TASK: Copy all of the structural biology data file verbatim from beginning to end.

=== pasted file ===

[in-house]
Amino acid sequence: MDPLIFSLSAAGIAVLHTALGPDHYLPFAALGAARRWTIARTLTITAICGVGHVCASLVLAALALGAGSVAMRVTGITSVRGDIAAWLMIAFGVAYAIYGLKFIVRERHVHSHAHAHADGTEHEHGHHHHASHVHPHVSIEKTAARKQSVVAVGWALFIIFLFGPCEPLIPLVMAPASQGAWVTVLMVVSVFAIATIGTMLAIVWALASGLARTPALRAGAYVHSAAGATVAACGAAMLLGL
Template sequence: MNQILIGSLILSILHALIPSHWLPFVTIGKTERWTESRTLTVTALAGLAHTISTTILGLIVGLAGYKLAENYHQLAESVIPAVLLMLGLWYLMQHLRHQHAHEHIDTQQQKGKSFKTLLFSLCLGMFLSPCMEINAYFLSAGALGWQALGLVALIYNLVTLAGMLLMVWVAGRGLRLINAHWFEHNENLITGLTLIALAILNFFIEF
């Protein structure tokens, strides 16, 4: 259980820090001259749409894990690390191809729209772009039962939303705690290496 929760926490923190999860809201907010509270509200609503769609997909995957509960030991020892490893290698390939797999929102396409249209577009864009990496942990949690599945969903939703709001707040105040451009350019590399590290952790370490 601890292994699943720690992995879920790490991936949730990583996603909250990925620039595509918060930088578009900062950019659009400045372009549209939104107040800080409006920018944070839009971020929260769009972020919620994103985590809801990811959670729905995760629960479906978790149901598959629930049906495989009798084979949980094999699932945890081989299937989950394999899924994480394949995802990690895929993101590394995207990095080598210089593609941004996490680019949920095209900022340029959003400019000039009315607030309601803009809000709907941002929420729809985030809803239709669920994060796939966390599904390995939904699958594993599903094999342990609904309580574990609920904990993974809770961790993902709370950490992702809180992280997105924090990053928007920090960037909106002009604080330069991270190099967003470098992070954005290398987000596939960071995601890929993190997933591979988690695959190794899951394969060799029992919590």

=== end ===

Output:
[in-house]
Amino acid sequence: MDPLIFSLSAAGIAVLHTALGPDHYLPFAALGAARRWTIARTLTITAICGVGHVCASLVLAALALGAGSVAMRVTGITSVRGDIAAWLMIAFGVAYAIYGLKFIVRERHVHSHAHAHADGTEHEHGHHHHASHVHPHVSIEKTAARKQSVVAVGWALFIIFLFGPCEPLIPLVMAPASQGAWVTVLMVVSVFAIATIGTMLAIVWALASGLARTPALRAGAYVHSAAGATVAACGAAMLLGL
Template sequence: MNQILIGSLILSILHALIPSHWLPFVTIGKTERWTESRTLTVTALAGLAHTISTTILGLIVGLAGYKLAENYHQLAESVIPAVLLMLGLWYLMQHLRHQHAHEHIDTQQQKGKSFKTLLFSLCLGMFLSPCMEINAYFLSAGALGWQALGLVALIYNLVTLAGMLLMVWVAGRGLRLINAHWFEHNENLITGLTLIALAILNFFIEF
């Protein structure tokens, strides 16, 4: 259980820090001259749409894990690390191809729209772009039962939303705690290496 929760926490923190999860809201907010509270509200609503769609997909995957509960030991020892490893290698390939797999929102396409249209577009864009990496942990949690599945969903939703709001707040105040451009350019590399590290952790370490 601890292994699943720690992995879920790490991936949730990583996603909250990925620039595509918060930088578009900062950019659009400045372009549209939104107040800080409006920018944070839009971020929260769009972020919620994103985590809801990811959670729905995760629960479906978790149901598959629930049906495989009798084979949980094999699932945890081989299937989950394999899924994480394949995802990690895929993101590394995207990095080598210089593609941004996490680019949920095209900022340029959003400019000039009315607030309601803009809000709907941002929420729809985030809803239709669920994060796939966390599904390995939904699958594993599903094999342990609904309580574990609920904990993974809770961790993902709370950490992702809180992280997105924090990053928007920090960037909106002009604080330069991270190099967003470098992070954005290398987000596939960071995601890929993190997933591979988690695959190794899951394969060799029992919590």